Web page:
Teaching your grandchildren and children to invest is an investment in their own future. This means you are passing down your own individual legacy and the financial expertise you have built over the course of a life time. This is why many grandparents and parents set up brokerage accounts to give family members an early start on investment opportunities.
Recent changes in U.S. tax laws, however, have changed the dynamics associated with multi-generational investment planning. It is often more important now for older generations to keep their appreciating assets with the primary purpose of helping their family members and beneficiaries avoid paying taxes on any of the gains.
In the past, estate planning typically emphasized maximizing the annual exemption gifts and finding ways to get discounted values for gifts tax purposes on any assets that were transferred. However, in light of the new tax laws, currently on the books, investing for heirs now makes more sense. The ability to get a stepped-up basis at death has survived numerous versions of tax reforms.
This gives every member of the current oldest generation in the United States the opportunity to pass down assets to their beneficiaries that could avoid up to $11.2 million in potential capital gains. The best way to implement this strategy is to schedule a consultation with an experienced estate planning attorney and to hold the assets in your own name. You would then invest these as though you are holding on to them on behalf of your heirs. This may seem a more aggressive investment strategy than what you are used to, but younger investors will gain advantages because they do not have to worry about the same amount of market volatility that could impact an older generation.
When thinking about passing on assets to future generations, a common question asked by many people is whether or not they should increase the amount that is passed on to their loved ones. With the passage of the tax cuts and Jobs Act, the lifetime exemption for estate taxes doubles to $11.2 million for individuals and $22.4 million for married couples.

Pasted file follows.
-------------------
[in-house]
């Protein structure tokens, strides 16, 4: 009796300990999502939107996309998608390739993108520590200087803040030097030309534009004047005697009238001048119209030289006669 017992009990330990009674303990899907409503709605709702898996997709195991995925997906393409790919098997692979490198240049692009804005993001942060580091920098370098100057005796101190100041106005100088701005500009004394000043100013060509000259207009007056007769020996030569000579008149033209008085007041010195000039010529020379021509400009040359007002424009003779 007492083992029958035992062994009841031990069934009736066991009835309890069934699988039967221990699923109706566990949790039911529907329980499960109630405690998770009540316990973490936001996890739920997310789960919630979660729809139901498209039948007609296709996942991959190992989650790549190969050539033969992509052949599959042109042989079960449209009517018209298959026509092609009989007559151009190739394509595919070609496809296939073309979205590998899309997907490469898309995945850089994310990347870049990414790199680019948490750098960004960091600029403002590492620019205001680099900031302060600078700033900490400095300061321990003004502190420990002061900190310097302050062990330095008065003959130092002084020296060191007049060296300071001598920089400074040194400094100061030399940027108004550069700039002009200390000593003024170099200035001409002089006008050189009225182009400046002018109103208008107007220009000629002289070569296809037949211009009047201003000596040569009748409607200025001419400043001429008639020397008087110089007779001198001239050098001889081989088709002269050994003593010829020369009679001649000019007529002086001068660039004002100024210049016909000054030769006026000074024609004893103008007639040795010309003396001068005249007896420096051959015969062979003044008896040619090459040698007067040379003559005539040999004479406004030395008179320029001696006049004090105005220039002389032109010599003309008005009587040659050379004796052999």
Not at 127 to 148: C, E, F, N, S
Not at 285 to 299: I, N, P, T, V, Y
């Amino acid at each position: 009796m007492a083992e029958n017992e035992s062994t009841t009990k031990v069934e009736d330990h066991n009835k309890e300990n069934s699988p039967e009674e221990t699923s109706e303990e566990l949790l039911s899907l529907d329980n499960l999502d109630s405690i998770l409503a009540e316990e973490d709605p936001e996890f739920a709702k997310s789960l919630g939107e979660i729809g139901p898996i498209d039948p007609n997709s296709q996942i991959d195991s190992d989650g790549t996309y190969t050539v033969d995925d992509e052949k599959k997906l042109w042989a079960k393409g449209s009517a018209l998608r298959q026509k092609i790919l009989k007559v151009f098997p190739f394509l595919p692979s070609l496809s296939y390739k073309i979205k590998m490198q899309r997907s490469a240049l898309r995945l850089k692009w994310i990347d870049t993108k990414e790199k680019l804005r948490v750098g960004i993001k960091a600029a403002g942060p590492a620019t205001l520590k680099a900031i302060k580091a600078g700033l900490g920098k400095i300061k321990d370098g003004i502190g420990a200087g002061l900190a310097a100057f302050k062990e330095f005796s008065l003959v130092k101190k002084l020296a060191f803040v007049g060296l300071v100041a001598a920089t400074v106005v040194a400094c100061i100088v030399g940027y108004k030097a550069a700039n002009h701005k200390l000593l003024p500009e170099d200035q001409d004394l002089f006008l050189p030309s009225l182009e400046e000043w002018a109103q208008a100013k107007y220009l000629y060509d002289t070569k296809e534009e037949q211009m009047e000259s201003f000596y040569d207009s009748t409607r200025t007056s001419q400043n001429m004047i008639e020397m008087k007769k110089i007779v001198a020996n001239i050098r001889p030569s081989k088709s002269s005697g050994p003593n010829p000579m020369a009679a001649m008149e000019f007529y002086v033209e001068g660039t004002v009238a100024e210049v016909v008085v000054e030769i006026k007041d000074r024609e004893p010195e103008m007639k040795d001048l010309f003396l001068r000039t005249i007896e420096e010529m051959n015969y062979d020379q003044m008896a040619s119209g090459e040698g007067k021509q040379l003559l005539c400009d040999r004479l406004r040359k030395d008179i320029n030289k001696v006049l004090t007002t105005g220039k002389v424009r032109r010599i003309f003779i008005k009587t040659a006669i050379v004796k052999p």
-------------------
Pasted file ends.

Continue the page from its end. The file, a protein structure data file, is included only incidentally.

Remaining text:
How you choose to pass things on to your loved ones can make things easier for you as well as them.
The lifetime gift tax exemption has also doubled to these same tax amounts. Gifting opportunities in light of these new regulations have to do largely with timing issues and magnitude. The previous increases in these laws have been much more gradual, making it more difficult for people to adapt their gift tax plans now. Consider the impact of a gift to your children on their lives, particularly when you intend to make the gift outright.
It is much easier for many people to pass on an asset or to write a check than to have a serious conversation about the various responsibilities that come with receiving wealth. There may be advanced issues in your unique family situation that should prompt you to contact an attorney about estate planning tools. These could include spendthrift children and addiction issues.
The IRS is never too far behind the trend when it comes to new forms of tax revenue, and with their recent tax stipulations regarding virtual currency, it’s time to consider the charitable giving opportunities with Bitcoins. The IRS specific rules relate to any virtual currency that is used to pay for goods or services or those that are used for investment, so Bitcoins isn’t the only possible form, but it’s certainly the most popular.
What’s important from an IRS perspective is that the sale or exchange of Bitcoins and other types of virtual currency could signal a taxable event or tax liability. It’s treated as property under IRS regulations and an owning individual must consider the fair market value in computing their gross income. There are several different ways that you might think about gifting in terms of Bitcoins, so here are some ideas and the possible tax consequences:
Outright gifts held long term to a public charity: Considered a fair market value contribution, deductible up to 30 percent of adjusted gross income.
Outright gifts if the donor is a creator/miner of Bitcoins: This could be considered ordinary income and not property under “capital gains”. Up to 50 percent of AGI deductible at cost basis.
Outright gifts held short term to public charity: Cost-basis contribution, meaning that this is deductible up to 50 percent of AGI.